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Jax Daily Record Monday, Dec. 15, 201412:00 PM EST

Foley says Fidelity was 'really dumb' to let LPS get away

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by: Mark Basch Contributing Writer

Nearly a year after reacquiring Lender Processing Services Inc., Fidelity National Financial Inc. Chairman Bill Foley wonders why the company ever got rid of LPS in the first place.

“Why we did that and how we let LPS get away from FNF, because that’s why we moved here to start with, we still are kind of mystified by that,” Foley said at an “Investor Day” presentation at the company’s Jacksonville headquarters Dec. 4.

Fidelity, which is mainly a title insurance company, bought the company that became LPS from Alltel Corp. in 2003 and then moved its headquarters from California to LPS’ offices in Jacksonville.

The LPS operations provided loan processing services for mortgage lenders. Fidelity spun off LPS and other processing businesses into a separate public company called Fidelity National Information Services Inc. in 2006, and that company spun off LPS in 2008.

“Unbelievable, really dumb,” Foley told the Daily Record last week when asked about the LPS spinoff.

Fidelity reacquired LPS on Jan. 2 and has renamed its operations as Black Knight Financial Services.

“We’re not giving it back,” Foley said.

During the Analyst Day presentation, which is available on Fidelity’s website, President Brent Bickett said Black Knight generates 15 percent of the company’s revenue. He also said Black Knight is generating significant free cash flow for the company that will be used to pay off debt.

Bickett offered an upbeat outlook for FNF as he kicked off the presentation to investors.

“We’re hitting on a lot of cylinders right now and you’re going to hear some of that enthusiasm today,” he said.

Fidelity is still in the spinoff business. Five months ago, it spun off its non-real estate-related businesses into a subsidiary called Fidelity National Financial Ventures, or FNFV, that trades separately from FNF as a tracking stock.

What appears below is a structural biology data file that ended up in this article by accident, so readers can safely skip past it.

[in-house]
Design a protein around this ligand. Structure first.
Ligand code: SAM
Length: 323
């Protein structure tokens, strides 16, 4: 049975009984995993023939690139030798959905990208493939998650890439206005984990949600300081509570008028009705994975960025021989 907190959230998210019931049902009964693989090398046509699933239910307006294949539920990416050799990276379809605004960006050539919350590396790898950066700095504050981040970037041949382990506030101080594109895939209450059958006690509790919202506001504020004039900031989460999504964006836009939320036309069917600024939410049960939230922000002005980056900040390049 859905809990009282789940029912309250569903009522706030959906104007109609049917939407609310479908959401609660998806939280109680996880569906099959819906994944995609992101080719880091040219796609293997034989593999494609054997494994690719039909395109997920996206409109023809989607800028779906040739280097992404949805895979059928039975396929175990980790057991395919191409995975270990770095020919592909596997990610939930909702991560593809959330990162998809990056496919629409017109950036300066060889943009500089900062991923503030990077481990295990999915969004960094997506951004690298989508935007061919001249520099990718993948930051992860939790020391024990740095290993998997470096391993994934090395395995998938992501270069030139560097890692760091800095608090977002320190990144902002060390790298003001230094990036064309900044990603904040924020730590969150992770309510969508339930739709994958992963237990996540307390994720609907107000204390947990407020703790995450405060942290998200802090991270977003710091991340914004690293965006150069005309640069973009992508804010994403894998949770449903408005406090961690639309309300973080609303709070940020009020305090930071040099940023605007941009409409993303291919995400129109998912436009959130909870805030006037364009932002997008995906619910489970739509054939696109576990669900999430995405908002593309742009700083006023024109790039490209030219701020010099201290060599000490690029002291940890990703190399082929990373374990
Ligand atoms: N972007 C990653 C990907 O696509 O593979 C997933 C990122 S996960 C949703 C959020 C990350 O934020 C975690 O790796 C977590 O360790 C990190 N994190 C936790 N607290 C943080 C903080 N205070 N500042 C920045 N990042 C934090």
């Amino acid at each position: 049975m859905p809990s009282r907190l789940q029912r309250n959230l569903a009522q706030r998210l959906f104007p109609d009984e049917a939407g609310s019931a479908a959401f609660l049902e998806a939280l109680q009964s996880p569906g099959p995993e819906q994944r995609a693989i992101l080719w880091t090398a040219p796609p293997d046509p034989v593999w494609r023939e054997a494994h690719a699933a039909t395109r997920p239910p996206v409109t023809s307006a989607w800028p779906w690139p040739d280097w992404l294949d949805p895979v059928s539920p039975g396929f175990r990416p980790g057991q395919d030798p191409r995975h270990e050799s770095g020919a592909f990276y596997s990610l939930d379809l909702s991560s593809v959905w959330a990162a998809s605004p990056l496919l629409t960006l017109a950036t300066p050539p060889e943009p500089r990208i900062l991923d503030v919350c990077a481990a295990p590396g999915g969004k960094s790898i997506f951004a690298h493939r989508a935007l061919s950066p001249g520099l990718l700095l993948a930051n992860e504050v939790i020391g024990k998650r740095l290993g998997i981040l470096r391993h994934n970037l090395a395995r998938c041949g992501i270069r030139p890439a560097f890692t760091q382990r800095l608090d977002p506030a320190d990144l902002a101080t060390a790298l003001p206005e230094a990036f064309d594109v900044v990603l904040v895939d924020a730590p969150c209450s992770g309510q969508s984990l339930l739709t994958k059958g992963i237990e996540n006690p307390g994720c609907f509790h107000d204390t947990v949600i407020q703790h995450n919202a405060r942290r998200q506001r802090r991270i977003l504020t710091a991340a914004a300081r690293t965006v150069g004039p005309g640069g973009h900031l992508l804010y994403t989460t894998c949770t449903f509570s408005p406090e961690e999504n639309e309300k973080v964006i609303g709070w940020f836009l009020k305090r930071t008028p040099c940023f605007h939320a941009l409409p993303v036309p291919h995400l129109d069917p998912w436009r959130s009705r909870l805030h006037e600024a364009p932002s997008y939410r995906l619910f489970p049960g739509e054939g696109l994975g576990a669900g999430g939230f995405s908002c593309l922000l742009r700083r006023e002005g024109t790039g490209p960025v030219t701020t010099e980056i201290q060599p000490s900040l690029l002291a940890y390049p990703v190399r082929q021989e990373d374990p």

Foley said the creation of FNFV simplifies FNF’s business for investors.

“It’s made the FNF story less confusing,” he said.

Body Central turnaround focused on ‘sexy brand’

As Body Central Corp. tries to rebuild customer loyalty after two years of sharply dropping sales, the struggling fashion retailer is focusing on reinforcing its image as a “sexy brand.”

Jacksonville-based Body Central posted a slide show on its website last week that it plans to use for investor presentations, and it begins by outlining its brand strategy to attract young women into its stores.

“Body Central is a sexy brand with a clearly defined niche in the Girls-Night-Out scene for the customer that loves Fiercely Flirty Fashion at an everyday value price,” it says.

“We are focused on building long-term value by repositioning our operations and focus on our founding core values that featured Nightlife product, trend-right fashion and a flattering fit at affordable prices.”

The company’s plan to attract shoppers includes dedicating the front third of its stores to that “nightlife” product.

While it tries to redefine its brand, Body Central is also working to cut costs after six straight quarters of net losses.

The company expects to have 268 stores in operation by the end of this year after closing 28 stores this year, and has plans to close another 50 next year.

However, it also said it is trying to negotiate rent reductions with its landlords at low-performing stores before closing them down.

Body Central has also cut costs in its headquarters office, reducing its “senior leadership group” of 20 people by eight.

New CEO Ben Rosenfeld, who was appointed in November, is being paid a salary 25 percent less than his predecessor, Brian Woolf.

Body Central is also trying to lessen the impact of its abandoned plan to move from its headquarters on Jacksonville’s Southside to a larger headquarters and distribution facility at One Imeson Center in North Jacksonville.

The company decided in August to cancel the move to One Imeson but still has a lease on the property that runs through 2021.

According to the investor presentation, Body Central has selected a broker to market its vacant space at One Imeson and is negotiating a “recapture agreement” with the landlord to try and reduce its future liability on the lease.